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  • Shops - From a Thriving Industry to Non-existence... almost.

    Vine Cottage; Bakers - Grocers - Pub ?

    1n 1775 a baker and shopkeeper came to Lacey Green. He bought a cottage (later given the name 'Vine Cottage') for £64, together with 2 acres of land. This was one of the few cottages in Lacey Green before the enclosures of 1823.

    His name was Thomas Dell. He was 39 years old and married to Ann. In 1797 he rented Stocken Farm from the Manor of Princes Risborough and then lived there so possibly the cottage/shop was let from that time. He must have been very successful for he purchased considerable property over the years.

    He died in 1811 leaving everything to his wife then to go to eldest son Thomas Jnr of Speen Farm on her death.

    Ann, the widow of Thomas owned Vine Cottage/shop from 1811 but was living at Stocken Farm, so no doubt it was let. It was occupied by her grandson John Carter Dell, b 1796 and his wife Betsy at least from 1821 to 1827, when Ann died. It is not yet known when he took it over.

    When it was inherited by Thomas Dell Jnr in 1827 John continued to live at the property. He is recorded as a Grocer and beer seller. Was it also a pub? Myth has it that it was a pub called 'The Grapes' but no record has been found. Beer houses did not necessarily have to be registered and beer could just be sold to take away if the customer took a jug. It remains to be discovered.

    In 1837 Thomas Jnr was forced to sell up when mortgagees called in all his property. The cottage and several newly attached properties built by Thomas Snr were purchased by John and Joshua Dell, (Thomas Dell Snr's brother.) John continued to live in Vine cottage until he died in 1840. He too had prospered buying a number of local properties.


    Loosley Row Stores, lastly known as "A.W.Harvey's"

    research to 1982 by Miles Marshall.

    This brick and flint cottage on Lower Road, Loosley Row was built in 1864 for Henry Janes, who in the 1861 census, aged 33, was the publican of "The Spratt". The cottage had a bread oven and grocery shop. There he lived with his wife Mary and their children were born there. By 1881 Henry had built himself a new bakehouse in Lacey Green on the corner of Goodacres Lane. It was demolished in 1976. He let the Loosley Row premises to a grocer, who by coincidence was named Thomas Harvey but unrelated to A.W.Harvey (the name above the shop).

    Harvey's Stores

    Henry was a keen churchman attending St.John's, Lacey Green but when he died aged only 49 he made a gift of a piece of land to his Loosley Row Baptist customers upon which they built a small brick chapel. He had acquired enough to provide for his son Hezekiah who continued the bakery in Lacey Green, and his two daughters. The Loosley Row property he left to his daughter Annie.

    Bakery at Goodacres

    Annie, married to George Floyd with two daughters Daisy and Annie, moved into the shop after giving Mr Harvey notice and waiting some time before he went. They continued with the shop with all the usual groceries and provisions, sweets and tobacco, and they also sold some hardware such as bass brooms, besoms, tea pots and other crockery, coal shovels , needles, cotton and darning wool. Annie paid great attention to the window displays. It became the childrens' duty to dress the windows, turning everything out at regular intervals so that they could be cleaned and polished inside and out. The window nearest the chapel had shelves loaded with rows of large sweet jars. The other window display varied with the season. In spring a large display of garden seeds from John Walkers, nurseryman and seedsman at Thame, for which they had the agency. At Christmas a colourful show of toys and decorations were the attraction.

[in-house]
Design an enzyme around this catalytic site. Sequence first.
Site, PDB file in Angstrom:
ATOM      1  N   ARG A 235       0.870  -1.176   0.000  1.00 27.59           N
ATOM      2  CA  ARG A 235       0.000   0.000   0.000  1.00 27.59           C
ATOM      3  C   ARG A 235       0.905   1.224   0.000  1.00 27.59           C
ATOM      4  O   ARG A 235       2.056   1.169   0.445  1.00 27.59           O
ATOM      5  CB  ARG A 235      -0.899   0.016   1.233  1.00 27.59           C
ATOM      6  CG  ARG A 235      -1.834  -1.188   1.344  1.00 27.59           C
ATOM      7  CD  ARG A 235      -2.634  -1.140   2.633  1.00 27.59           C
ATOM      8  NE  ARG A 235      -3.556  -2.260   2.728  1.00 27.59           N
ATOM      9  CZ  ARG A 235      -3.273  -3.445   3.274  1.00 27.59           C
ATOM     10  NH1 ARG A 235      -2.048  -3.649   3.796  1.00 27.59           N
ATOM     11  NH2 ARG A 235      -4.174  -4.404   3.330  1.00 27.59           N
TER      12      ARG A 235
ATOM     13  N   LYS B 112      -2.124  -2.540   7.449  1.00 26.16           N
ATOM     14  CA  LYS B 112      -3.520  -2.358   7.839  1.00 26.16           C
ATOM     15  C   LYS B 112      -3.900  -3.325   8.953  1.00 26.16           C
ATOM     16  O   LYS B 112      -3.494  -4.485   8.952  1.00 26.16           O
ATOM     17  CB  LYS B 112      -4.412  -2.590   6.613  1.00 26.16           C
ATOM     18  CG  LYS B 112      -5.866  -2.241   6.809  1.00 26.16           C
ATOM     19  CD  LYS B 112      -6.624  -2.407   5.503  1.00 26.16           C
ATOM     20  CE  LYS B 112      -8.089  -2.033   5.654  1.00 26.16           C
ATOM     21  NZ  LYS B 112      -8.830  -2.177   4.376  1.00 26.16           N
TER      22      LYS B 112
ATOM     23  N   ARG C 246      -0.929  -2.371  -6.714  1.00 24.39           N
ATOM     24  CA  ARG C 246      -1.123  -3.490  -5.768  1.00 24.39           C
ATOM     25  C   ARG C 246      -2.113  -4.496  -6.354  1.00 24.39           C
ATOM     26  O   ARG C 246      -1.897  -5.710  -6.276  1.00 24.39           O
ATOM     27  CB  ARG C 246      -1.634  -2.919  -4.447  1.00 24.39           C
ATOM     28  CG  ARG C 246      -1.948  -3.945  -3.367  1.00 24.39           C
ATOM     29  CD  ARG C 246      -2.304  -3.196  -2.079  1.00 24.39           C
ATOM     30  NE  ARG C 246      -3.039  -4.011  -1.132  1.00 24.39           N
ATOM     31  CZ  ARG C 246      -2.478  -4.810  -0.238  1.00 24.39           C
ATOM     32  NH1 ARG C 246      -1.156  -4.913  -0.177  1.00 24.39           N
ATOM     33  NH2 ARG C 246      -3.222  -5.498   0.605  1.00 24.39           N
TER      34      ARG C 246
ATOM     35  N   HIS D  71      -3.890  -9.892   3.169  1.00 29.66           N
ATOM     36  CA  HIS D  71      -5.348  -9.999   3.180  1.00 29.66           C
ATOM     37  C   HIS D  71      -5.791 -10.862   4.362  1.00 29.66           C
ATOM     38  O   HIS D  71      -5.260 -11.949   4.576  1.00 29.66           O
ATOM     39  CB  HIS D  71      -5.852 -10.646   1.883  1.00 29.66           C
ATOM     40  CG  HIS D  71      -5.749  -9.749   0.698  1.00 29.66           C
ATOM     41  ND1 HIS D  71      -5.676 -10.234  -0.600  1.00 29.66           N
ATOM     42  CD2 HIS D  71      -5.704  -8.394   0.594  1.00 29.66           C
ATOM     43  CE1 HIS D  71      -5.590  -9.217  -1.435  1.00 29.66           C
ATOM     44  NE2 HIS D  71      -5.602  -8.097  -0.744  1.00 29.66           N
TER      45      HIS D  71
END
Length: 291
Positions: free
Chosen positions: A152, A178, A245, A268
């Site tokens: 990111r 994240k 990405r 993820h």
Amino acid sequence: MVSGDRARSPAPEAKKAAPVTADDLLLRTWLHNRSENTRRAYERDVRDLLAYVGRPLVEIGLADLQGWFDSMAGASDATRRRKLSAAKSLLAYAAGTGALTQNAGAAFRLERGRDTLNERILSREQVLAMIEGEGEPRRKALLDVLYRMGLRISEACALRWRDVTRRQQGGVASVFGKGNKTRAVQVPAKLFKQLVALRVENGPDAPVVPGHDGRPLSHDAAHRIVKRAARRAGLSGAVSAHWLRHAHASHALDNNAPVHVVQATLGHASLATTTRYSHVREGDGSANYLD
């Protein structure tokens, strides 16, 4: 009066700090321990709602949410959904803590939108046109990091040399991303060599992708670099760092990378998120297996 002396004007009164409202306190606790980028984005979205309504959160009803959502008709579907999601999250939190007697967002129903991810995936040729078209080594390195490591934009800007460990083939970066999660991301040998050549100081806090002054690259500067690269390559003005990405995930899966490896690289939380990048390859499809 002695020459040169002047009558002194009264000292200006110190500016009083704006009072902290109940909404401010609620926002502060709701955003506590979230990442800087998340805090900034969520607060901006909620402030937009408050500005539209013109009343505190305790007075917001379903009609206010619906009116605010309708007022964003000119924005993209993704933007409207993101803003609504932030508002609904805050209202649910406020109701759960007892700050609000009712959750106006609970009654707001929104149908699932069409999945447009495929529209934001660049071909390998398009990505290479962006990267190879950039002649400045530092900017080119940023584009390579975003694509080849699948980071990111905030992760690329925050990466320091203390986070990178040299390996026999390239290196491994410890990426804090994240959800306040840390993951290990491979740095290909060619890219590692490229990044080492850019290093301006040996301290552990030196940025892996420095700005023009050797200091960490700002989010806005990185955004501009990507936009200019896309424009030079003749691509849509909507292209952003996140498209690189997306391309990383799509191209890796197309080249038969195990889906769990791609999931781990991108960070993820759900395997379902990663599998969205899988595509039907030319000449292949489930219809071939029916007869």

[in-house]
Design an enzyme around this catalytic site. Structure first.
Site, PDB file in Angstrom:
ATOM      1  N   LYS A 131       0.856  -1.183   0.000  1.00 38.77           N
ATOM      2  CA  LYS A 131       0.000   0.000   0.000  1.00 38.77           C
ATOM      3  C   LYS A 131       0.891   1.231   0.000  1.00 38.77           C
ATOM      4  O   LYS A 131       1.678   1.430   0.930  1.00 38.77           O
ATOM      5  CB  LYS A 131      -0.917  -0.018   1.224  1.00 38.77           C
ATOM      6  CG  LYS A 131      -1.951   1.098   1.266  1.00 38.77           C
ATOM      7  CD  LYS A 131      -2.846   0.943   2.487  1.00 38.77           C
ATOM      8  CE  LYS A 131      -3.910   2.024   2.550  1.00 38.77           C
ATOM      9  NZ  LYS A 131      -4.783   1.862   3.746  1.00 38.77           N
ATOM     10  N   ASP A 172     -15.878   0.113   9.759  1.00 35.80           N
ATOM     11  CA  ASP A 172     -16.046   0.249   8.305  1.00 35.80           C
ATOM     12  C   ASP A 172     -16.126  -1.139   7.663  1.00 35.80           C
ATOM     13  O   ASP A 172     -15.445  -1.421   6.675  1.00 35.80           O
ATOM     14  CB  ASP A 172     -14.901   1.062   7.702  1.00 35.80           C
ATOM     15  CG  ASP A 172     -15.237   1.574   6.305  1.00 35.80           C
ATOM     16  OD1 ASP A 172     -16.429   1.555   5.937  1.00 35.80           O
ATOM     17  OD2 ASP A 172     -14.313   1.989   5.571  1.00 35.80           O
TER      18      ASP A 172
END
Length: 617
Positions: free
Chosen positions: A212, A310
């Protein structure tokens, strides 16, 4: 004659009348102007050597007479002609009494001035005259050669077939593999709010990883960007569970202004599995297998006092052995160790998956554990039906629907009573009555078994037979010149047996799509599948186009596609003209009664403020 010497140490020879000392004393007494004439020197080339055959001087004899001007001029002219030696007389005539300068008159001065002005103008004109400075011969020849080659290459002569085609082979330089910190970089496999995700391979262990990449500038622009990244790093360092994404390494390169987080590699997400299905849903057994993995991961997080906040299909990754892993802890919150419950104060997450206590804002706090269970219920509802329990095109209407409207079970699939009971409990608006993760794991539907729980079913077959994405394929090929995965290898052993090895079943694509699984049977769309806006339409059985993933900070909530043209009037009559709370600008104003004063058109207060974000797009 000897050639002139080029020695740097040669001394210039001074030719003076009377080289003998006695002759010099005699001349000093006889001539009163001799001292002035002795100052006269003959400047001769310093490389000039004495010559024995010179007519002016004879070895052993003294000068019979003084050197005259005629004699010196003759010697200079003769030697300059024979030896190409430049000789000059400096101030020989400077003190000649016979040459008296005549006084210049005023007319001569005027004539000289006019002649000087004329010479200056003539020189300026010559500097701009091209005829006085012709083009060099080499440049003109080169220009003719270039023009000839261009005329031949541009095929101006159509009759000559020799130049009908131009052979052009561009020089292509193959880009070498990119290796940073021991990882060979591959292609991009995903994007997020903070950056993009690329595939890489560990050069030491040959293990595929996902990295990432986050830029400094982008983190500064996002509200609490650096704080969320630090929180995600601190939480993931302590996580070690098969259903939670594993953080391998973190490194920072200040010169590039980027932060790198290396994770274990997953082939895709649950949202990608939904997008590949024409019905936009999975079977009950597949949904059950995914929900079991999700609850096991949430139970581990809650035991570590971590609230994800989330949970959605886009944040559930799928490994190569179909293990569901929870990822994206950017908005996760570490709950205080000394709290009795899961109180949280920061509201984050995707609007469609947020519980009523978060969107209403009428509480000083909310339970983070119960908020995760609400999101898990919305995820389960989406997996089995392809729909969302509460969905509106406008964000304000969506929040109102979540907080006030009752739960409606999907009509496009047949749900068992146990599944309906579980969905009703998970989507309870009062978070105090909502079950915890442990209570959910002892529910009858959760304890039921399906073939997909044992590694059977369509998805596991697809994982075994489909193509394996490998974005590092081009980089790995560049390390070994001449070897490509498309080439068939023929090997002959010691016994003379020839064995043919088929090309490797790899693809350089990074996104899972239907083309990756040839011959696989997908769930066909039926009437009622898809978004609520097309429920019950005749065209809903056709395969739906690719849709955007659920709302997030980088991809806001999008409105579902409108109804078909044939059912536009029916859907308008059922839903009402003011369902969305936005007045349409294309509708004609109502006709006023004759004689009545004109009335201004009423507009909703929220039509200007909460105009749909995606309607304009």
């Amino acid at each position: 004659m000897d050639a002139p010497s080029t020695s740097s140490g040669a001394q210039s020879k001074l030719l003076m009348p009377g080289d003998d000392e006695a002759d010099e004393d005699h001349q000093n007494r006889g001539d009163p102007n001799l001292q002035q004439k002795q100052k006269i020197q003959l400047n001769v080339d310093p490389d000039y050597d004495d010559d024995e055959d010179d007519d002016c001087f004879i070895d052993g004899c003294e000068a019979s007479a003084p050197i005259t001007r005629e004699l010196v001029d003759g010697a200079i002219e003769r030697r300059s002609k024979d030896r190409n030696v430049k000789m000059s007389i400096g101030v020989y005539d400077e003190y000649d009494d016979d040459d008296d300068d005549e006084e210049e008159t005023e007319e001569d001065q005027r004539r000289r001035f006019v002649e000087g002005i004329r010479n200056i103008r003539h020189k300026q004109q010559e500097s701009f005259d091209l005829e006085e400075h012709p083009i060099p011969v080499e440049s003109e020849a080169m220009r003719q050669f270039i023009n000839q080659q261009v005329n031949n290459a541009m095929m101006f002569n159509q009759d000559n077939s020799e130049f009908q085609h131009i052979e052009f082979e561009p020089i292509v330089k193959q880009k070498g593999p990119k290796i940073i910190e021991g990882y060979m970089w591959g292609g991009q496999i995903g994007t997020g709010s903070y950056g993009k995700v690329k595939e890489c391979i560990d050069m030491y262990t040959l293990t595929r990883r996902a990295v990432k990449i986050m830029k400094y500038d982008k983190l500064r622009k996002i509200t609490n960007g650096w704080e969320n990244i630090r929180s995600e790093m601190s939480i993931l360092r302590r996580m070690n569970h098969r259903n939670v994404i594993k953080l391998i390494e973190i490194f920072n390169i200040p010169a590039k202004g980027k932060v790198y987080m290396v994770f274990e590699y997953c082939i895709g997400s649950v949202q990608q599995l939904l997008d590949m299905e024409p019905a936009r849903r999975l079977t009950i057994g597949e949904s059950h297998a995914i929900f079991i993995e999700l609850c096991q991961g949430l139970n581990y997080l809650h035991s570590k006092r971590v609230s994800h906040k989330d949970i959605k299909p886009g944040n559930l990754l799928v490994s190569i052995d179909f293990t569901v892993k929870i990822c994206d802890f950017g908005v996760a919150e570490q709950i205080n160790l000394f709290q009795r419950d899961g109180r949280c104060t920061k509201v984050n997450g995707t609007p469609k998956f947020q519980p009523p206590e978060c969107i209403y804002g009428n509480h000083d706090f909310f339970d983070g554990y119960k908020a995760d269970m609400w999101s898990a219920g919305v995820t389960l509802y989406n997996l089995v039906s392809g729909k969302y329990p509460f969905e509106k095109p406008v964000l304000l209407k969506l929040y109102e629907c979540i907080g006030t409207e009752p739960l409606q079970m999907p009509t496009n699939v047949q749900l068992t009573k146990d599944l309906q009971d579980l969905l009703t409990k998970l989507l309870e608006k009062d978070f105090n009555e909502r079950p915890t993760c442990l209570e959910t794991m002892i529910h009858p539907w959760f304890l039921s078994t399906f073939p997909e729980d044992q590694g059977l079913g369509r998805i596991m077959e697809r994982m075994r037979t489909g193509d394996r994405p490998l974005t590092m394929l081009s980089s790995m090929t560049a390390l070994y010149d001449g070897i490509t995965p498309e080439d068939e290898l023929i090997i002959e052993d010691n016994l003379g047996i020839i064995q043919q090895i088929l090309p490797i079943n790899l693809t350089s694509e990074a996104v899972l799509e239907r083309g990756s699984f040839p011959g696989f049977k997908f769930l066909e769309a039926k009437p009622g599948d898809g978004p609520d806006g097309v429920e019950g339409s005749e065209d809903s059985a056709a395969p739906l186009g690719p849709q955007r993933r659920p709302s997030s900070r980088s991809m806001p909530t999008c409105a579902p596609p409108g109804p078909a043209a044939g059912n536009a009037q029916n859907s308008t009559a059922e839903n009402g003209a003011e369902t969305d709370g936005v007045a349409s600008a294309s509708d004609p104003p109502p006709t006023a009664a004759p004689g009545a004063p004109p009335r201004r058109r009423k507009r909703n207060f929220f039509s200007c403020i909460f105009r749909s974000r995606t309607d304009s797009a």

George developed other enterprises in conjunction with the shop. He kept and fattened pigs and also bought fat pigs for slaughter. Annie Floyd cured the bacon and the hams and ran down the lard, all of which they sold in the shop. He bought a horse and cart and started a coal business, collecting the coal from the goods yard at Princes Risborough and later he bought a second horse and cart, employing Harry Gomme as driver and started a general carrying trade. Every market day he would collect fish and newspapers from High Wycombe and he carried parcels to and from both stations. He undertook outside catering for such functions as the Chapel outings, and Mrs.Thomas, (daughter Annie) recalled serving tea, lemonade, gingerbeer, cakes and buns from tresle tables at Whiteleaf. Always a keen gardener, formerly a gardener to Mr.Forrest of Grymsdyke, living then at Lane Farm, Lacey Green, he was often in demand to judge the allottments at Longwick. He was also secretary to two local slate clubs1 - at the 'Sprat" and the 'Whip'.

    The Floyd Family

    George and Annie had a third daughter Emily and also brought up three orphan girls from about five until fourteen when the vicar of Lacey Green found them employment in Service. They regarded the Floyds as family all their lives.

    It was Emily who eventually took over the business. She had married A.W.Harvey in 1930, born at Bryants Bottom but then living with two brothers at Lodge Farm, Saunderton. He moved into the shop but continued working as a builder for White Bros. in High Wycombe until George became ill and Arthur took over the coal and carrying side of the business.

    When George died the name of the shop was changed from Floyd's to Harvey's and a post office was added to their other activities in 1945. Emily and her mother Annie still ran the shop. During the war Arthur had to work in an aircraft factory in Princes Risborough. He still delivered the groceries after factory hours but the carrying had to go. After the war he worked at Bomber Command until he retired in 1973, dying in 1980.